Integrative analysis of peripheral N-acetylaspartate metabolism

Canavan disease (CD) is a rare leukodystrophy caused by mutations in the ASPA gene, leading to severe neurodegeneration and short life expectancy. To date, the exact disease mechanism is poorly understood and therapeutic options are scarce. The ASPA gene encodes aspartoacylase, an enzyme catalyzing the degradation of N-acetylaspartate (NAA). Despite NAA being the second-most abundant metabolite in the mammalian brain, its functional role is poorly understood. Recently, several independent groups found NAA metabolism to also play important roles in non-nervous tissues, e.g. in adipocytes, immune cells, lung and prostate cancer cells, pointing towards a previously overlooked wide relevance of peripheral NAA metabolism.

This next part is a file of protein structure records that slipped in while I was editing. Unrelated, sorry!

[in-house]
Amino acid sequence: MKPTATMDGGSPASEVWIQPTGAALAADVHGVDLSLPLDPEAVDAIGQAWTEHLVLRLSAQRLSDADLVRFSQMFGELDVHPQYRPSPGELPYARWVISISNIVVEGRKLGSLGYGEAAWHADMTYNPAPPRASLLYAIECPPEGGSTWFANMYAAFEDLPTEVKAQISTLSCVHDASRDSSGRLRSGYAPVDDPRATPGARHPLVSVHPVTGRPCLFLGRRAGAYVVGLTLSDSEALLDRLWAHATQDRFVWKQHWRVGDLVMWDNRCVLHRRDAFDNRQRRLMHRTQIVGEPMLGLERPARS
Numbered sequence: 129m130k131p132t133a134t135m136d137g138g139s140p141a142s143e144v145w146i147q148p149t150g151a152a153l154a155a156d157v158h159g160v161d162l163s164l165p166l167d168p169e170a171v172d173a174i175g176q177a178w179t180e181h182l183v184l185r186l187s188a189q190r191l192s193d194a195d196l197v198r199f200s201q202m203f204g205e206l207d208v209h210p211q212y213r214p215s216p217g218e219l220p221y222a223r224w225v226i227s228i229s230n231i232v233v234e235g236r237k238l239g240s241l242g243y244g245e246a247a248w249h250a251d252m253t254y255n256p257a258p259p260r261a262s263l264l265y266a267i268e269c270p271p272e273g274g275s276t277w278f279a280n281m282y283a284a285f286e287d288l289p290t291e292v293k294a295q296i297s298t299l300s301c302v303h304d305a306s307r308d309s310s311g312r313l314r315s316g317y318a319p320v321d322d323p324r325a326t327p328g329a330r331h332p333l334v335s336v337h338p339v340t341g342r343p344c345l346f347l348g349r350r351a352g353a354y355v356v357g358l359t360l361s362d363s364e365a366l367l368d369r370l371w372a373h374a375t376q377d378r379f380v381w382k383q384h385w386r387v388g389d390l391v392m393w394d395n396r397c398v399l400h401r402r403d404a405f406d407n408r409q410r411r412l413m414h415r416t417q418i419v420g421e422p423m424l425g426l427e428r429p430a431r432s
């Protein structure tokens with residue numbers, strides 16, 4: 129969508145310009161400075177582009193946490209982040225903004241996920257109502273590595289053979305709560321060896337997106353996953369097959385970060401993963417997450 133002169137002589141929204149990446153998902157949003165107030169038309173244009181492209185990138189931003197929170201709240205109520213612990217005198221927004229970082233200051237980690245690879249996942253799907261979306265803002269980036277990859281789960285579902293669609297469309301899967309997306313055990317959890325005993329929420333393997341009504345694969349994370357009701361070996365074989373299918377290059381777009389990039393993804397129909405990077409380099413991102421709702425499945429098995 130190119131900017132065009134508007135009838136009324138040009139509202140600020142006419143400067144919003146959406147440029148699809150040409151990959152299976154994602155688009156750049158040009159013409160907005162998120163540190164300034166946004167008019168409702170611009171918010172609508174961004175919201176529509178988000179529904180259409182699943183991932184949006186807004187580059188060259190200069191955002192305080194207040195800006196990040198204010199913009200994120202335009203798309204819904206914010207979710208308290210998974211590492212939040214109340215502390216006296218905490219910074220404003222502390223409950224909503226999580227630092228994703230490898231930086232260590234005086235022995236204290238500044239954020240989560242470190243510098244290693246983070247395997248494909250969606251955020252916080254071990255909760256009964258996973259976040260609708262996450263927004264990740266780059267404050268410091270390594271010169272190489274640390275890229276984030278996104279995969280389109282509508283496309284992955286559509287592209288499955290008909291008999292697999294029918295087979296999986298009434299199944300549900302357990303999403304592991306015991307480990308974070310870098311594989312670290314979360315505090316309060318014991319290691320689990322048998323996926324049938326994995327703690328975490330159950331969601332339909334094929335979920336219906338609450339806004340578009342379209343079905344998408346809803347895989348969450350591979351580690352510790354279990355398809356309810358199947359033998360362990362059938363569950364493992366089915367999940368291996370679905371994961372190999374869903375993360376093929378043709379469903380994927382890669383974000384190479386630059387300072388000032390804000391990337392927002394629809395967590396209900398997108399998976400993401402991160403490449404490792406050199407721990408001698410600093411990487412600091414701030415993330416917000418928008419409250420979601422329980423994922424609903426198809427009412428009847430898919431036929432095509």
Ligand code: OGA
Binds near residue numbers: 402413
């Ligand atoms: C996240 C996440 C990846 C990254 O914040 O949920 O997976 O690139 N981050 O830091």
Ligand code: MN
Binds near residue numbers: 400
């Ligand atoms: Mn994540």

In the PeriNAA junior research alliance, clinical, experimental and computational groups are collaborating to generate a computational model around NAA metabolism and inferring model parameters from stable isotope-assisted metabolomics data, RNA-seq data, and other experimental data. We will use this model to iteratively generate and test various hypotheses around NAA metabolism and its function in cellular metabolism. Thereby, we expect to obtain a more profound understanding of the roles of NAA in metabolism and signaling, particularly in cells outside the brain, which is relevant for understanding and treatment of CD and other diseases. Based on these findings we will generate predictions of possible drug targets or intervention points for CD treatment other than NAT8L or ASPA which we will validate in vitro and potentially in vivo. Additionally, we will develop and apply a novel disease severity classification system for CD patients based on clinical abilities and radiological criteria, which we will try to link to molecular data.